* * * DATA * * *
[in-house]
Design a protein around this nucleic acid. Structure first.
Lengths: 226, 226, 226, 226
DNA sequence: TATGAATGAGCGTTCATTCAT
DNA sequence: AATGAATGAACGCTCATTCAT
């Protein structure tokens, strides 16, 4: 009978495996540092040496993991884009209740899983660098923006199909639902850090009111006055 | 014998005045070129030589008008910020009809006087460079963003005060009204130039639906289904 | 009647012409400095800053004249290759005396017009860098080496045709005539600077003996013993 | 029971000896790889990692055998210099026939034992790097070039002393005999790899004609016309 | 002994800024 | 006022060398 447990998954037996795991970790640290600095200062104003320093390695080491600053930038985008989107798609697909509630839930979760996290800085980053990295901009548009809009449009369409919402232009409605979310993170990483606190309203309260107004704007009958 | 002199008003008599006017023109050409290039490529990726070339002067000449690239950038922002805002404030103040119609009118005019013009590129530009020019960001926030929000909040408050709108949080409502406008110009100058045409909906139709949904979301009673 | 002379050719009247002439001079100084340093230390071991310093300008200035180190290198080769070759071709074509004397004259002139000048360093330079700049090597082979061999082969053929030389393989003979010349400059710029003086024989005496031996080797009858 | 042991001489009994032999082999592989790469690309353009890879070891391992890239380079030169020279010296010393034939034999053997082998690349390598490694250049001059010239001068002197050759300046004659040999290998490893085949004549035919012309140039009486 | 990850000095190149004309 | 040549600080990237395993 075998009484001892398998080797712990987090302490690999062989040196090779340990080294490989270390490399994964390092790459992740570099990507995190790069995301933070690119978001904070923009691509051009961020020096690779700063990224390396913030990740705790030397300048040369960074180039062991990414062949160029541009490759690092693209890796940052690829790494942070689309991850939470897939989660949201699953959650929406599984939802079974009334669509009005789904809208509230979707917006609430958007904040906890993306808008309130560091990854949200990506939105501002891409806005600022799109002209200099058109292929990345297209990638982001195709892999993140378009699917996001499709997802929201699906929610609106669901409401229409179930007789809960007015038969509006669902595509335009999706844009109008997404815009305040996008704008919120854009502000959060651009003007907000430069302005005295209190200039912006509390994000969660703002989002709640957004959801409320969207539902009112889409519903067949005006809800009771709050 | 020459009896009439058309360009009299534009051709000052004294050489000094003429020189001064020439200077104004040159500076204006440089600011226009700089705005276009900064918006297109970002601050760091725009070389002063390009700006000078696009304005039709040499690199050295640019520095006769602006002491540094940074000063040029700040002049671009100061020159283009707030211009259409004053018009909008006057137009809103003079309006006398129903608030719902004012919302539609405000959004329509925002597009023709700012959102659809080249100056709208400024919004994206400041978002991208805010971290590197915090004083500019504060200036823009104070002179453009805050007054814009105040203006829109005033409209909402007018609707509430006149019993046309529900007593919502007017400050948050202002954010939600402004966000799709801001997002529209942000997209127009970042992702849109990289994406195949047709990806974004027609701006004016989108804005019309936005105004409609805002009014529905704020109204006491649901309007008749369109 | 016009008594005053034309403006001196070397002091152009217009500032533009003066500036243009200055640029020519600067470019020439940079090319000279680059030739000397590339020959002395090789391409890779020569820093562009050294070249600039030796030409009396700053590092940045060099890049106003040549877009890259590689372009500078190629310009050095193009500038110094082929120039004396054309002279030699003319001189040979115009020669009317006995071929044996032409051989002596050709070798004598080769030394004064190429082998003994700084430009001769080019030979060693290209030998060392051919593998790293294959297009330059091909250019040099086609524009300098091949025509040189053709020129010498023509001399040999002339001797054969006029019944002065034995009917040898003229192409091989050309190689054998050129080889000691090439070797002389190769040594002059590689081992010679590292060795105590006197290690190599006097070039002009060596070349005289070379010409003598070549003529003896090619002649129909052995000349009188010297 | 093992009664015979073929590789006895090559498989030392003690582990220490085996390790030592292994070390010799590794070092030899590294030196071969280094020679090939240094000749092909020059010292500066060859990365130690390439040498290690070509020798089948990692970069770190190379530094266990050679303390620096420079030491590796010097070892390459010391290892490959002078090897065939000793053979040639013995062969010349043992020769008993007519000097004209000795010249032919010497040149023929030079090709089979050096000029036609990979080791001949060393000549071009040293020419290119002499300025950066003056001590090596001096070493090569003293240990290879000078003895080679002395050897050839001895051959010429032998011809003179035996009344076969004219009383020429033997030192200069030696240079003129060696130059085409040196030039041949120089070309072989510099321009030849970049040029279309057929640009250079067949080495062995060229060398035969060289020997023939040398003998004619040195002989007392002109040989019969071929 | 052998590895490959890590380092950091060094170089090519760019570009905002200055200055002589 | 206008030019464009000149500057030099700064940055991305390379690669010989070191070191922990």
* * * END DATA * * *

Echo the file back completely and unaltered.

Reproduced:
[in-house]
Design a protein around this nucleic acid. Structure first.
Lengths: 226, 226, 226, 226
DNA sequence: TATGAATGAGCGTTCATTCAT
DNA sequence: AATGAATGAACGCTCATTCAT
């Protein structure tokens, strides 16, 4: 009978495996540092040496993991884009209740899983660098923006199909639902850090009111006055 | 014998005045070129030589008008910020009809006087460079963003005060009204130039639906289904 | 009647012409400095800053004249290759005396017009860098080496045709005539600077003996013993 | 029971000896790889990692055998210099026939034992790097070039002393005999790899004609016309 | 002994800024 | 006022060398 447990998954037996795991970790640290600095200062104003320093390695080491600053930038985008989107798609697909509630839930979760996290800085980053990295901009548009809009449009369409919402232009409605979310993170990483606190309203309260107004704007009958 | 002199008003008599006017023109050409290039490529990726070339002067000449690239950038922002805002404030103040119609009118005019013009590129530009020019960001926030929000909040408050709108949080409502406008110009100058045409909906139709949904979301009673 | 002379050719009247002439001079100084340093230390071991310093300008200035180190290198080769070759071709074509004397004259002139000048360093330079700049090597082979061999082969053929030389393989003979010349400059710029003086024989005496031996080797009858 | 042991001489009994032999082999592989790469690309353009890879070891391992890239380079030169020279010296010393034939034999053997082998690349390598490694250049001059010239001068002197050759300046004659040999290998490893085949004549035919012309140039009486 | 990850000095190149004309 | 040549600080990237395993 075998009484001892398998080797712990987090302490690999062989040196090779340990080294490989270390490399994964390092790459992740570099990507995190790069995301933070690119978001904070923009691509051009961020020096690779700063990224390396913030990740705790030397300048040369960074180039062991990414062949160029541009490759690092693209890796940052690829790494942070689309991850939470897939989660949201699953959650929406599984939802079974009334669509009005789904809208509230979707917006609430958007904040906890993306808008309130560091990854949200990506939105501002891409806005600022799109002209200099058109292929990345297209990638982001195709892999993140378009699917996001499709997802929201699906929610609106669901409401229409179930007789809960007015038969509006669902595509335009999706844009109008997404815009305040996008704008919120854009502000959060651009003007907000430069302005005295209190200039912006509390994000969660703002989002709640957004959801409320969207539902009112889409519903067949005006809800009771709050 | 020459009896009439058309360009009299534009051709000052004294050489000094003429020189001064020439200077104004040159500076204006440089600011226009700089705005276009900064918006297109970002601050760091725009070389002063390009700006000078696009304005039709040499690199050295640019520095006769602006002491540094940074000063040029700040002049671009100061020159283009707030211009259409004053018009909008006057137009809103003079309006006398129903608030719902004012919302539609405000959004329509925002597009023709700012959102659809080249100056709208400024919004994206400041978002991208805010971290590197915090004083500019504060200036823009104070002179453009805050007054814009105040203006829109005033409209909402007018609707509430006149019993046309529900007593919502007017400050948050202002954010939600402004966000799709801001997002529209942000997209127009970042992702849109990289994406195949047709990806974004027609701006004016989108804005019309936005105004409609805002009014529905704020109204006491649901309007008749369109 | 016009008594005053034309403006001196070397002091152009217009500032533009003066500036243009200055640029020519600067470019020439940079090319000279680059030739000397590339020959002395090789391409890779020569820093562009050294070249600039030796030409009396700053590092940045060099890049106003040549877009890259590689372009500078190629310009050095193009500038110094082929120039004396054309002279030699003319001189040979115009020669009317006995071929044996032409051989002596050709070798004598080769030394004064190429082998003994700084430009001769080019030979060693290209030998060392051919593998790293294959297009330059091909250019040099086609524009300098091949025509040189053709020129010498023509001399040999002339001797054969006029019944002065034995009917040898003229192409091989050309190689054998050129080889000691090439070797002389190769040594002059590689081992010679590292060795105590006197290690190599006097070039002009060596070349005289070379010409003598070549003529003896090619002649129909052995000349009188010297 | 093992009664015979073929590789006895090559498989030392003690582990220490085996390790030592292994070390010799590794070092030899590294030196071969280094020679090939240094000749092909020059010292500066060859990365130690390439040498290690070509020798089948990692970069770190190379530094266990050679303390620096420079030491590796010097070892390459010391290892490959002078090897065939000793053979040639013995062969010349043992020769008993007519000097004209000795010249032919010497040149023929030079090709089979050096000029036609990979080791001949060393000549071009040293020419290119002499300025950066003056001590090596001096070493090569003293240990290879000078003895080679002395050897050839001895051959010429032998011809003179035996009344076969004219009383020429033997030192200069030696240079003129060696130059085409040196030039041949120089070309072989510099321009030849970049040029279309057929640009250079067949080495062995060229060398035969060289020997023939040398003998004619040195002989007392002109040989019969071929 | 052998590895490959890590380092950091060094170089090519760019570009905002200055200055002589 | 206008030019464009000149500057030099700064940055991305390379690669010989070191070191922990």